THE CHEAP SEATS with STEVE CAMERON: The numbers say beating the Zags is easier said than done
Time for a short math class, boys and girls.
In 29 games, Gonzaga is shooting almost exactly 64 percent on attempts inside the 3-point line.
It doesn’t appear that the Zags are rattled as the NCAA tournament moves along, either, since they hit an almost obscene 76 percent on their 2-point shots in Sunday’s 83-65 waltz against Creighton.
Right, back to our math…
No one still in the tournament — shoot, almost no one in the history of college basketball — can match the Zags in the accuracy of their 2-point shooting.
OK, so if you are a potential opponent and you cannot possibly outscore Gonzaga inside the arc AND you’re going to give up more chances than you get (the Zags had 50 points in the paint against Creighton), obviously you’re in trouble.
The math says that with far better shooting and plenty of attempts, the Zags will likely give you a whipping.
SO HOW do you beat Gonzaga?
Wait, you’re thinking.
Just kill them with 3-pointers.
After all, if you’re scoring three points while the Zags keep settling for a measly two, you’re home free.
That would be a valid piece in our math class, as well, except…
Gonzaga doesn’t let you simply stand around and fire off lovely, uncontested 3-pointers.
Creighton came into that Sweet 16 matchup with a couple of goals involving those deep shots.
They hoped to make about 15 of them while shooting 40-45 percent (or better) — and to frustrate the Zags offense, they planned to play off Andrew Nembhard and Joel Ayayi, thus allowing for serious pressure on Gonzaga’s better shooters.
And the result of this scheme?
Creighton was held to a 5-of-23 nightmare from deep.
“We did a great job (defensively), particularly chasing them off the 3-point line,” said Zags guru Mark Few.
Even when the Bluejays got the ball to their better outside shooters, they were routinely hustled and hurried by Gonzaga’s perimeter defenders.
Few pointed out that his guards are all big, physical guys with plenty of length and the ability to frustrate shooters.
Creighton coach Greg McDermott agreed.
“(Gonzaga) isn’t a one-trick pony,” he said, referring to all the hoopla about the Zags’ offense.
“They keep you from doing a lot of things that you planned, and defensively they make it difficult to get a lot of the looks you want.”
AT THE other end of the floor, Creighton’s plan to ignore Nembhard and Ayayi — in order to crowd the paint and follow Corey Kispert — didn’t go very well, either.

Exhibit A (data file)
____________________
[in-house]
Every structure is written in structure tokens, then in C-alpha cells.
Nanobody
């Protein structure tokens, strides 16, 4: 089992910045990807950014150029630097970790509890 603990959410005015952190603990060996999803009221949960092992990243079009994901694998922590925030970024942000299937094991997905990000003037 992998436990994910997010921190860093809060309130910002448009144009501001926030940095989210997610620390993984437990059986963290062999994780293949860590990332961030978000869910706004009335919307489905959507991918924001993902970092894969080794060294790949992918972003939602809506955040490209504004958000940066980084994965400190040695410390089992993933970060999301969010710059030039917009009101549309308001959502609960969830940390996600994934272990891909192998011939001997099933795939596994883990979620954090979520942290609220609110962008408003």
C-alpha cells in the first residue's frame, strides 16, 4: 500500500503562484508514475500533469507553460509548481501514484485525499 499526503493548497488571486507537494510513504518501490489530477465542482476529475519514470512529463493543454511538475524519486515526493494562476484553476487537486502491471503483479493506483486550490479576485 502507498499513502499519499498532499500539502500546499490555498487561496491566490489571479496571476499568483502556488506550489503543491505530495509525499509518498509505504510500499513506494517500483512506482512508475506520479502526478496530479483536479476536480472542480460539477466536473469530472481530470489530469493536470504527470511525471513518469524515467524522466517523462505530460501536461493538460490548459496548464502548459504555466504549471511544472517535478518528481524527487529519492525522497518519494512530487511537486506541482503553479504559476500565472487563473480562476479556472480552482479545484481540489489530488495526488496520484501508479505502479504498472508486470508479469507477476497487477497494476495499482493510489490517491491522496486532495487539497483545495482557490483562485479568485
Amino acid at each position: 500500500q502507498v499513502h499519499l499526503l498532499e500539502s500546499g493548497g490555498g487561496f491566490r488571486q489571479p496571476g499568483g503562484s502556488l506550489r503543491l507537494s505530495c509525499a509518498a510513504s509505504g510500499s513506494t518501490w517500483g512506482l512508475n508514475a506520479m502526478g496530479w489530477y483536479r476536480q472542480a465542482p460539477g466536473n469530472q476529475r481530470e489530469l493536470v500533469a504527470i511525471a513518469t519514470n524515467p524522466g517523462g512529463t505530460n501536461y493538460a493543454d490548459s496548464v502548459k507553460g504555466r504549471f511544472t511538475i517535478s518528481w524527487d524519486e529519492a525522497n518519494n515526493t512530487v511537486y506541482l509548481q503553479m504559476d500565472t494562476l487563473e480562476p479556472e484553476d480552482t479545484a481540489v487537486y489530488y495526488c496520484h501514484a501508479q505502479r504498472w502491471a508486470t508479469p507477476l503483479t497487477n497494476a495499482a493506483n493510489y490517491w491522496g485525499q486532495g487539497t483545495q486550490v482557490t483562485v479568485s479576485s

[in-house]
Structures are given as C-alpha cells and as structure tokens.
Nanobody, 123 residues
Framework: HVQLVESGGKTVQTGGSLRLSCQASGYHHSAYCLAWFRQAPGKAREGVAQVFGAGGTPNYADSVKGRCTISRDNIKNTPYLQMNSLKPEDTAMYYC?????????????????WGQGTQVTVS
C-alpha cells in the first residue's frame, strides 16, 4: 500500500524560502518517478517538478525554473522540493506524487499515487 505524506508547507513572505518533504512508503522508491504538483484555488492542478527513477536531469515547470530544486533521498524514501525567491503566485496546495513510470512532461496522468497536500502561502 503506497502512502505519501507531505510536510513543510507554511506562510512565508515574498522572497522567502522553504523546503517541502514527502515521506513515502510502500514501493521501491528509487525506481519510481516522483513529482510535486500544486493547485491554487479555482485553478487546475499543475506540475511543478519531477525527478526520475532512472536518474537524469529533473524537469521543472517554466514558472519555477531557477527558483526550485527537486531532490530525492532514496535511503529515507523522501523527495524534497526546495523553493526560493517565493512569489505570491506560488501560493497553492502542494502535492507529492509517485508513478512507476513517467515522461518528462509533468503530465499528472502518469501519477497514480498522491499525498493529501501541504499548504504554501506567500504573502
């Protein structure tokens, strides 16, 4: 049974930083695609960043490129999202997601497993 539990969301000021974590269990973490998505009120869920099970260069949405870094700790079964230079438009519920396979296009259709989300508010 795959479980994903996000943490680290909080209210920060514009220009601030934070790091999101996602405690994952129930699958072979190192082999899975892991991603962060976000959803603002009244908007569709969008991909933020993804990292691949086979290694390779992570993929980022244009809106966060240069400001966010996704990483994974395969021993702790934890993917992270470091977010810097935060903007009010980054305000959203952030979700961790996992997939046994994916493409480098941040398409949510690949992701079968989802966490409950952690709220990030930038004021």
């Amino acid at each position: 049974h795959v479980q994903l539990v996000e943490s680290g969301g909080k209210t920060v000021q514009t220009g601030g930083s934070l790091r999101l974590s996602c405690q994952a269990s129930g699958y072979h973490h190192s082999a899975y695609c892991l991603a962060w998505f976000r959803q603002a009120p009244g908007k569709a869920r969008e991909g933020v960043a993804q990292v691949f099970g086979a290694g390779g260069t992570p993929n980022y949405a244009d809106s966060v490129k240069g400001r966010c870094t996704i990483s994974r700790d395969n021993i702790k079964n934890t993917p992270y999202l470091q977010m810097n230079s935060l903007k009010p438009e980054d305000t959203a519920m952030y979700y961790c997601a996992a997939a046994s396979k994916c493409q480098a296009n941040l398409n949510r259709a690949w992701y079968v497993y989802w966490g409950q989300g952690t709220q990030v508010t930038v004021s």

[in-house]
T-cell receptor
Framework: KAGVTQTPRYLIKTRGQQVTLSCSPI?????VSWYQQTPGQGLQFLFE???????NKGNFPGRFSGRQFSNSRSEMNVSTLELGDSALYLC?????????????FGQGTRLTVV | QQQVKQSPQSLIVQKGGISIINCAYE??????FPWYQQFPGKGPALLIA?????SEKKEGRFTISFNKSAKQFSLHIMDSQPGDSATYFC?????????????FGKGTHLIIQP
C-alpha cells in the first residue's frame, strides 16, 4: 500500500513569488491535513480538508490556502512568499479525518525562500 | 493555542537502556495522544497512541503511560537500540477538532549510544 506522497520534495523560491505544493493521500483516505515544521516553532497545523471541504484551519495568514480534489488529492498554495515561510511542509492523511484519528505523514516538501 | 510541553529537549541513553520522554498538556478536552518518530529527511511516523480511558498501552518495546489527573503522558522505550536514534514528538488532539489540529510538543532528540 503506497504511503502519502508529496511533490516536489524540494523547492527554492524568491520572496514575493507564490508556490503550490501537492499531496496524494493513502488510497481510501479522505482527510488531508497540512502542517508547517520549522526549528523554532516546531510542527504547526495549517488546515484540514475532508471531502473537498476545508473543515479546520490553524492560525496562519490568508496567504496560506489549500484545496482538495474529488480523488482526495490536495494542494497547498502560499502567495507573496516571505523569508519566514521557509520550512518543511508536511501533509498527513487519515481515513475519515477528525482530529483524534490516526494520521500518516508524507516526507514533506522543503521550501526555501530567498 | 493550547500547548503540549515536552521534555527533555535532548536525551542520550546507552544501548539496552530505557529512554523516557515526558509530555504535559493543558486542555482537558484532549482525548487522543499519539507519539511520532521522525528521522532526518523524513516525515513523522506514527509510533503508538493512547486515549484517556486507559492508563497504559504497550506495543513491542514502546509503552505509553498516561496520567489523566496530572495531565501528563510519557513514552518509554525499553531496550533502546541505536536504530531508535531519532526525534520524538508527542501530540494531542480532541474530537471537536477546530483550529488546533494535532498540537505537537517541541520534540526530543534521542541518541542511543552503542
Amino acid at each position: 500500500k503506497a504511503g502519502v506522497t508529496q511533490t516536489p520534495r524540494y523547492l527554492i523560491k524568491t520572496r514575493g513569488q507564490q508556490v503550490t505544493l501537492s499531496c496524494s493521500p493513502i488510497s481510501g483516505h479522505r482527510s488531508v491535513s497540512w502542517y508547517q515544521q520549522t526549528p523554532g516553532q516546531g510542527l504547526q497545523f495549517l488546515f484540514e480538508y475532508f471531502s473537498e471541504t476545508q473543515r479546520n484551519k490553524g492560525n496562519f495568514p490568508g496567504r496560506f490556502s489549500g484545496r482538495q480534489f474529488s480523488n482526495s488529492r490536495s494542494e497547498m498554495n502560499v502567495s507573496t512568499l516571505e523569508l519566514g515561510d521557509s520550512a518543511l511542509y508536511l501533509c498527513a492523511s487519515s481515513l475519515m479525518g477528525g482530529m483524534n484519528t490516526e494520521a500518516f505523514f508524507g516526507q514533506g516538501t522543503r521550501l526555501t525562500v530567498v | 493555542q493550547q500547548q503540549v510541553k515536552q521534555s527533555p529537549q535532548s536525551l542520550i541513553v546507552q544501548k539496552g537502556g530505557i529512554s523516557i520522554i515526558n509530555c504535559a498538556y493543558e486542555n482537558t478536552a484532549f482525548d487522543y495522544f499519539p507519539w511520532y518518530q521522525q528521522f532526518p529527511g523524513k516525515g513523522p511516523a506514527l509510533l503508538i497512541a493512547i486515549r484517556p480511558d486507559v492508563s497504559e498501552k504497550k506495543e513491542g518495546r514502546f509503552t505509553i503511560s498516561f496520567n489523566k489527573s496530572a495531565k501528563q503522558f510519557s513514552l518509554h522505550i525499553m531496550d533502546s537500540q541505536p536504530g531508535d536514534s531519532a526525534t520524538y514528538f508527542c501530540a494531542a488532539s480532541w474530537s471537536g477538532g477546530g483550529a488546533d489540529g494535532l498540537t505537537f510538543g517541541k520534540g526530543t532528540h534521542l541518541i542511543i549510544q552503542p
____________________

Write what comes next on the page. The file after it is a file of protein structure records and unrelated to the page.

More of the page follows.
Nembhard hit an open 3-ball on the Zags’ first possession, and less than a minute later, Ayayi swished the first of his three long ones.
The Zags just seem more skilled, and more comfortable, with and without the ball.
That nearly astronomical shooting percentage from 2-point range truly is a mathematical advantage.
Just to put it in perspective, the USC team looming in front of the Zags on Tuesday has shot 46.7 percent from the floor for the season, just 34.8 percent from 3-point range and 64.7 from the foul line.
That’s despite 53-percent shooting from 7-foot-1 Evan Mobley, which tells you the rest of the Trojans haven’t exactly been lighting it up.
Oh, and while we’re talking about shooting percentage, Gonzaga’s 49.1 percent effort last week against Oklahoma was its worst of the season.
Again, the math just looks so good.
IF YOU insist on worrying, however, there are a couple ways that Southern Cal can negate what appear to be major disadvantages.
Yes, they’re actually fretting.
The tall, tall Trojans perhaps could have a huge night on the glass, and convert so many second chances that it flips the shooting numbers we’ve seen so far.
Or USC could just get hot.
They torched Kansas and Oregon, but neither of those teams defended well at all.
Gonzaga could have a poor shooting night against USC’s smothering zone defense.
Solid decision making can prevent that, but if you really want to be nervous…
Those are some of the ways things might go wrong.
From the beginning of time, though, numbers have told the truth.
If they do so again, the Zags will be headed to the Final Four.
Steve Cameron’s “Cheap Seats” columns appear in The Press on Tuesdays, Wednesdays and Fridays during the NCAA tournament. “Moments, Memories and Madness,” his reminiscences from several decades as a sports journalist, will return and run each Sunday after Gonzaga’s season is concluded.
Steve also writes Zags Tracker, a commentary on Gonzaga basketball which will be published each Thursday during the tournament.